NMFS Pacific Islands Regional Office administrator Michael Tosatto added that adopting regulations that would allow an increase in territorial transfers might not go over well with other WCPFC members.
He explained that the paragraph in the current WCPFC tuna conservation measure that explicitly allows the territorial transfers to continue “was agreed to based on our argument that the U.S. would maintain the status quo. … That was part of an overall argument to get to the 2016 level of catch.” He warned that while increasing territorial quota transfers might not appear to harm the stock, “it might be diverting from the intent of the negotiations.” And if the United States doesn’t live up to that intent, commission members might not be open to making any more concessions, he suggested.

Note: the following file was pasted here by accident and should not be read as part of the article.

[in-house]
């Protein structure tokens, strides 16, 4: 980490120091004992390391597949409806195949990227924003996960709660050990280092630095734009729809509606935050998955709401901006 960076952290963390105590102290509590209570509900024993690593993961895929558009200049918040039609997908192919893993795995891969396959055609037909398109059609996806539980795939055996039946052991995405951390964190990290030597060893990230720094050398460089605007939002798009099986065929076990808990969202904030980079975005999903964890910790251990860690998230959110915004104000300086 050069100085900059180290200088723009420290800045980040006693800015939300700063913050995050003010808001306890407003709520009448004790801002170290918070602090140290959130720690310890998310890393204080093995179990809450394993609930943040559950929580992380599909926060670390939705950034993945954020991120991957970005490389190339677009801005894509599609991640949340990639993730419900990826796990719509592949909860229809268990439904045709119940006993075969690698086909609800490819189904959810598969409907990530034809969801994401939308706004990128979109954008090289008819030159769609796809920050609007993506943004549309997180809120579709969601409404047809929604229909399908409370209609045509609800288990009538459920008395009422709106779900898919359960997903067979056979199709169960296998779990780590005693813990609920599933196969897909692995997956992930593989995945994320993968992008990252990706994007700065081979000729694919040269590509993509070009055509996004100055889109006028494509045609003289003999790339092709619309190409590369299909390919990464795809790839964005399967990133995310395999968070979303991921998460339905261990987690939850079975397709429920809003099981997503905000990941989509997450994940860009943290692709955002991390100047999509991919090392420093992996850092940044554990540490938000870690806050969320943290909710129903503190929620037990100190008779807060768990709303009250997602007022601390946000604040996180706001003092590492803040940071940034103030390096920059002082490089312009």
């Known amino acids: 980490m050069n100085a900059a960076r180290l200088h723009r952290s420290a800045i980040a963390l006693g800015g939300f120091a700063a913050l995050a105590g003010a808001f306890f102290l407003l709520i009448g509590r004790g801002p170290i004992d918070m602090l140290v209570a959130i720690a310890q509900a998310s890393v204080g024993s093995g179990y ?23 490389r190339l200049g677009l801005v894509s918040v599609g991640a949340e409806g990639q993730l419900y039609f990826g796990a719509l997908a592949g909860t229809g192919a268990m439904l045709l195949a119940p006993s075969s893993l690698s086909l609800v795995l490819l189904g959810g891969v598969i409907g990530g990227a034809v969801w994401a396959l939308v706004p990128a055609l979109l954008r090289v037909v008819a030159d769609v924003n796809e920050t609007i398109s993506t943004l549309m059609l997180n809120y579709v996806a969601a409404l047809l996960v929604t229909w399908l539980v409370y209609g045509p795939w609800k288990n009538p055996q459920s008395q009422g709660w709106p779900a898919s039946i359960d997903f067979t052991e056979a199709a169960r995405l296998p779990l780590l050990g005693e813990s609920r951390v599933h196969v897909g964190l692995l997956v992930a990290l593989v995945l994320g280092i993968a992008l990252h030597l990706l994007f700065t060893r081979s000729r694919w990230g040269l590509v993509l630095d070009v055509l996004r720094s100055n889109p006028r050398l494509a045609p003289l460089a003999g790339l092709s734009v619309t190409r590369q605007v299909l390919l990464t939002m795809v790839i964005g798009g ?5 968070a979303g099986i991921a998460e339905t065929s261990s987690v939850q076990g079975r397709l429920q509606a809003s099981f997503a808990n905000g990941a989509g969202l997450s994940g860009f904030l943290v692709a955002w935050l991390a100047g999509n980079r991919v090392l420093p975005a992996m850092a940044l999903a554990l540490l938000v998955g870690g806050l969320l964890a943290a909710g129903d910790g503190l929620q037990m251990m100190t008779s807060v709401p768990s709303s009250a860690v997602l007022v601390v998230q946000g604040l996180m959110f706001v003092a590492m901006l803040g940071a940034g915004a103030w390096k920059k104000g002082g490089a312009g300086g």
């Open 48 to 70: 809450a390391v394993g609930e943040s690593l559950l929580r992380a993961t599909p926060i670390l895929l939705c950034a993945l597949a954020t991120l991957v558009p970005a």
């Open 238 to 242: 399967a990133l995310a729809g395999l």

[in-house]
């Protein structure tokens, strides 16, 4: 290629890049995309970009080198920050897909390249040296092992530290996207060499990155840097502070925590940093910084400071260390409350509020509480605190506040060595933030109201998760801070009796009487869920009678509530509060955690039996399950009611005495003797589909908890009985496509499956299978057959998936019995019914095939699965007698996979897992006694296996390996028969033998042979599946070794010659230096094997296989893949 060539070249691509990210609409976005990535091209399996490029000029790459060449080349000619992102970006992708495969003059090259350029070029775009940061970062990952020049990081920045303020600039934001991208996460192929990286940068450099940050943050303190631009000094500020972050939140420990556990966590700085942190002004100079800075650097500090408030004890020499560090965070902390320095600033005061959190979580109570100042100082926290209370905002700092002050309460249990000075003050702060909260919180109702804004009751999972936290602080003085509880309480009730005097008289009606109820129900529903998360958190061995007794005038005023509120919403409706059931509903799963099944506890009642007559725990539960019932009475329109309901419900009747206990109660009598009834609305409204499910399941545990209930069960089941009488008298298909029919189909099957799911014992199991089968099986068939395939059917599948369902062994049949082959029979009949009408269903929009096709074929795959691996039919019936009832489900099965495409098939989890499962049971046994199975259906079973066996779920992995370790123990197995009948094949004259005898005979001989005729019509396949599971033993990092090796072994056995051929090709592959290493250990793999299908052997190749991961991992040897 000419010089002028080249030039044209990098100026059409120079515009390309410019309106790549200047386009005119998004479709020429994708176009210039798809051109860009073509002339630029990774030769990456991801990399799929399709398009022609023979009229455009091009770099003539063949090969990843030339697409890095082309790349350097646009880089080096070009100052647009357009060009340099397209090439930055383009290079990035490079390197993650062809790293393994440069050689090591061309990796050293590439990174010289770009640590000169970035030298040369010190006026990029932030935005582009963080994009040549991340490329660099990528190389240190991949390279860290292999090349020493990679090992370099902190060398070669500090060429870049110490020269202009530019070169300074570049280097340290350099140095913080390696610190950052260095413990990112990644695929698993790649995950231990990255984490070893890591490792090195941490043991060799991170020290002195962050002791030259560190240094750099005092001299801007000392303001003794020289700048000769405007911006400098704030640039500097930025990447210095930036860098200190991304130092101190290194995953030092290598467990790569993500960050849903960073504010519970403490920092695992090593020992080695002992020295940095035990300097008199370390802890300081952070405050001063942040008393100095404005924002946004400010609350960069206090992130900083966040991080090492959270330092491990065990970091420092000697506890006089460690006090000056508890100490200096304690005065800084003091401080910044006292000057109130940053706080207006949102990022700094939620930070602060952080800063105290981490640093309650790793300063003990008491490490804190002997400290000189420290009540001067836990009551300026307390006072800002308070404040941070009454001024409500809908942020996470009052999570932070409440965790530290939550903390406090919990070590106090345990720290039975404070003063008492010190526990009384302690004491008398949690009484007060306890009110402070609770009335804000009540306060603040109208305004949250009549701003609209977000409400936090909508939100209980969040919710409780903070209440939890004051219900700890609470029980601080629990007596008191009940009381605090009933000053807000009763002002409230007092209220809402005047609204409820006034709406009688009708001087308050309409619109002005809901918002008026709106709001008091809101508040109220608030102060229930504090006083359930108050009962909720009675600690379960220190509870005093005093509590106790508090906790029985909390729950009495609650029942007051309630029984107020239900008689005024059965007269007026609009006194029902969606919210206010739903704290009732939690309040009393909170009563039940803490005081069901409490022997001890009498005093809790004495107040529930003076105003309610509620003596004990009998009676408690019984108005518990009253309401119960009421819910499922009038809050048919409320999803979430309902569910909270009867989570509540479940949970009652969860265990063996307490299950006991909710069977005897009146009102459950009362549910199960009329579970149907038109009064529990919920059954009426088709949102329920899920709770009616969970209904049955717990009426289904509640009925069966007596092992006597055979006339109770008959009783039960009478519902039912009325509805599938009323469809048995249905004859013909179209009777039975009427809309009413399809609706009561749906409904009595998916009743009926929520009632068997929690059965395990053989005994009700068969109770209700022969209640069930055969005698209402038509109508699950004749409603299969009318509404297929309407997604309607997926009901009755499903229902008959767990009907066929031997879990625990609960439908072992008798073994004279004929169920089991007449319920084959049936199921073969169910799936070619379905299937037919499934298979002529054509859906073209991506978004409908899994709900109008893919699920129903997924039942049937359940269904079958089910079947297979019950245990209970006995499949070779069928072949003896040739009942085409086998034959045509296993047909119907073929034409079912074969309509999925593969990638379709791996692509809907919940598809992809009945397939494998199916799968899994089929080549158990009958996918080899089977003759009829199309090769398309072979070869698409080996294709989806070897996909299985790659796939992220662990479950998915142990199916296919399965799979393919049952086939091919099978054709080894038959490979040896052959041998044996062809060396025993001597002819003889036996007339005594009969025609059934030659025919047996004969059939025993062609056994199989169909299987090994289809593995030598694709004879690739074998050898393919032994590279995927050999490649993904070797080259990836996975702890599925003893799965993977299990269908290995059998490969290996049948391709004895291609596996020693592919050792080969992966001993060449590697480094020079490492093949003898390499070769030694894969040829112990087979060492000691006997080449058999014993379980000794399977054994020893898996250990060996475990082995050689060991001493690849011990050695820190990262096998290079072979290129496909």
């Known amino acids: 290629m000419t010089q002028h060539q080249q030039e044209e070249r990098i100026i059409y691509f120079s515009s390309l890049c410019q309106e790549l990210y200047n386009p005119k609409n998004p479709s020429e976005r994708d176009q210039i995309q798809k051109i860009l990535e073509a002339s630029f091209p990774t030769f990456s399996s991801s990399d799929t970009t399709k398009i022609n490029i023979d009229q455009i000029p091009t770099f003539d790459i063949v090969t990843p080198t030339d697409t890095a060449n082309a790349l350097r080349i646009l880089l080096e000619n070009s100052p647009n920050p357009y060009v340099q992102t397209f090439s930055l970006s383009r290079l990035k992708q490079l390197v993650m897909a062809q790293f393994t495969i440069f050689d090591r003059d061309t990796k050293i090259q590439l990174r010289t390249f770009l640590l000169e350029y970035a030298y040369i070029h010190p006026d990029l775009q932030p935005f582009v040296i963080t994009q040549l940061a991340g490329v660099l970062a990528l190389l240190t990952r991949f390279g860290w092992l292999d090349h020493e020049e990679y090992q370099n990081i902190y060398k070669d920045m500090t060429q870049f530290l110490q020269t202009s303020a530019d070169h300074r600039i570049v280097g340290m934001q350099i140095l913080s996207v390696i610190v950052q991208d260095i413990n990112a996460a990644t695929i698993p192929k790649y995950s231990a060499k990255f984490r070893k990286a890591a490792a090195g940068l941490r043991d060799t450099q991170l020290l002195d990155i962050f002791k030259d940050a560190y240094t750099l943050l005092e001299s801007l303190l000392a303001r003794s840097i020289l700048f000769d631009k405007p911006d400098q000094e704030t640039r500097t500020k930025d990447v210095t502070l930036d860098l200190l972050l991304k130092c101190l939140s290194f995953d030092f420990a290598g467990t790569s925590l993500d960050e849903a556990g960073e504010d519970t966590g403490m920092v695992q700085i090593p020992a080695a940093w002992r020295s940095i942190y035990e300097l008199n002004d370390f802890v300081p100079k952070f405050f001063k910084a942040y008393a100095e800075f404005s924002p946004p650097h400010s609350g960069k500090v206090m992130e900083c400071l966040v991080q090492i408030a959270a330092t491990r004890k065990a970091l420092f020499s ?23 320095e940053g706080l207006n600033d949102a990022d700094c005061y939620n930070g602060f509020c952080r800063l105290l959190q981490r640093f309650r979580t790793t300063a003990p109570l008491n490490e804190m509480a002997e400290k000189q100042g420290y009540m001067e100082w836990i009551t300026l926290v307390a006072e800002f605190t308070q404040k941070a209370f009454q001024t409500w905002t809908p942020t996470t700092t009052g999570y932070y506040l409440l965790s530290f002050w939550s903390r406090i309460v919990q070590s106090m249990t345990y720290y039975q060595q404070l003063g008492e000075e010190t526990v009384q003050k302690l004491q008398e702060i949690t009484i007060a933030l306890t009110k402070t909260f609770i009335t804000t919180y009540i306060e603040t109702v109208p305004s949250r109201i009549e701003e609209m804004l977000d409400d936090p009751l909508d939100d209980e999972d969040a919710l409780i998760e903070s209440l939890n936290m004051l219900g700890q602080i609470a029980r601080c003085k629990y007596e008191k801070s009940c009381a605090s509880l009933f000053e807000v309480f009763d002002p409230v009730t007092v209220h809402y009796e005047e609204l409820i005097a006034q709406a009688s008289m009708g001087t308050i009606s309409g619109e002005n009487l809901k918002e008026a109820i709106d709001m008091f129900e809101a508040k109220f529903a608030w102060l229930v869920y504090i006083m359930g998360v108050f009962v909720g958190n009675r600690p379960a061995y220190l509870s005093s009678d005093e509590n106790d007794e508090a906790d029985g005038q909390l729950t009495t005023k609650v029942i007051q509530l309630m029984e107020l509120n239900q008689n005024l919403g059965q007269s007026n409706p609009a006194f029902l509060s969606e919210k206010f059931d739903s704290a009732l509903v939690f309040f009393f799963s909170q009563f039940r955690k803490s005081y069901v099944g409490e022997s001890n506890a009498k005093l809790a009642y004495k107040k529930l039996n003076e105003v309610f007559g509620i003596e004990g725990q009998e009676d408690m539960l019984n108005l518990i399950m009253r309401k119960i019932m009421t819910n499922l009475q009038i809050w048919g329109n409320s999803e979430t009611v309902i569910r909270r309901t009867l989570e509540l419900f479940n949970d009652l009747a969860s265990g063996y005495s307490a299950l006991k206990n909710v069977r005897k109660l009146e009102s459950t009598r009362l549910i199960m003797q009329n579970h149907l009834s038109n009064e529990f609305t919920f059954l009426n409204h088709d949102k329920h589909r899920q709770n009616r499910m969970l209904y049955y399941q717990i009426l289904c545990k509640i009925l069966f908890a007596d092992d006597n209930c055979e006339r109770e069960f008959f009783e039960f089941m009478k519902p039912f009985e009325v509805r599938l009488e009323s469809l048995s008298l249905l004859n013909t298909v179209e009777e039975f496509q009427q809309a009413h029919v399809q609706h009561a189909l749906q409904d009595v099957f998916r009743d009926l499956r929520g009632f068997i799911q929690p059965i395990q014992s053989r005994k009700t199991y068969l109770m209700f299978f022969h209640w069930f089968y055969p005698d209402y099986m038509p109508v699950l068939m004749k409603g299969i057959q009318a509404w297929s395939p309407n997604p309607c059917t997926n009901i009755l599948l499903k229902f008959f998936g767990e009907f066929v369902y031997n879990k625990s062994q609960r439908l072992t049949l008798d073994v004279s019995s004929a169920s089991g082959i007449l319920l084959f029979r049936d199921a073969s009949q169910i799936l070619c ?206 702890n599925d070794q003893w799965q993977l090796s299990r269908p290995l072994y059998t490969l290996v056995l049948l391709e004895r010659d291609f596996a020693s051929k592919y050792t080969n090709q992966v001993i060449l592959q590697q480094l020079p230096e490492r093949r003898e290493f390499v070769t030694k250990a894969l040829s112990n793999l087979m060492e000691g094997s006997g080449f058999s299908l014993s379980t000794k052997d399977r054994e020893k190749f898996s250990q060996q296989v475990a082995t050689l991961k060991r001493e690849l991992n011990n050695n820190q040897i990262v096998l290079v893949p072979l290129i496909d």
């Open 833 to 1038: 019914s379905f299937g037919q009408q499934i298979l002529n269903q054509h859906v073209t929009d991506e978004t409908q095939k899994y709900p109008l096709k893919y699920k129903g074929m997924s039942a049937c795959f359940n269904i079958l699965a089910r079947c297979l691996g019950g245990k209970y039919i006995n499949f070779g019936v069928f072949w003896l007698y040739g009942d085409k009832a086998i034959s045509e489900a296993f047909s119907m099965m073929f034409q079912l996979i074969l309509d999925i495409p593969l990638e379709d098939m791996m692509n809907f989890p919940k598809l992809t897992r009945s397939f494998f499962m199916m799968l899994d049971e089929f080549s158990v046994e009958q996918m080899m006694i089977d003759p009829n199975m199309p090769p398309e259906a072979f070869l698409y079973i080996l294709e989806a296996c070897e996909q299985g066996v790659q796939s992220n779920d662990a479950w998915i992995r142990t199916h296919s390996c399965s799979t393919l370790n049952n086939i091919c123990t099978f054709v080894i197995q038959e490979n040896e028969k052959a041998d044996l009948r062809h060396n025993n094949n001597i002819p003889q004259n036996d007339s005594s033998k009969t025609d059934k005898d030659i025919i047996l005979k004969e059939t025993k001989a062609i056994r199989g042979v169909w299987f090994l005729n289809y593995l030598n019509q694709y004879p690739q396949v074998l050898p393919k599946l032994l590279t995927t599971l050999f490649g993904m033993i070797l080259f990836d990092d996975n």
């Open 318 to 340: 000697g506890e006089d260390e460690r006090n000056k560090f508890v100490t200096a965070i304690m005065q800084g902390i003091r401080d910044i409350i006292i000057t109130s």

Finally, NOAA counsel Fred Tucher pointed out that any action that would increase the fishery’s effort also raises protected species issues, which would need to be evaluated in a biological opinion (BiOp). The last BiOp for the fishery analyzed the use of about 48 million hooks a year, which is somewhat less than what the fishery currently deploys.
In the end, the council voted to maintain the practice of specifying a 2,000 mt catch limit per territory, with the condition that each may transfer up to 1,000 mt of its quota.
— Teresa Dawson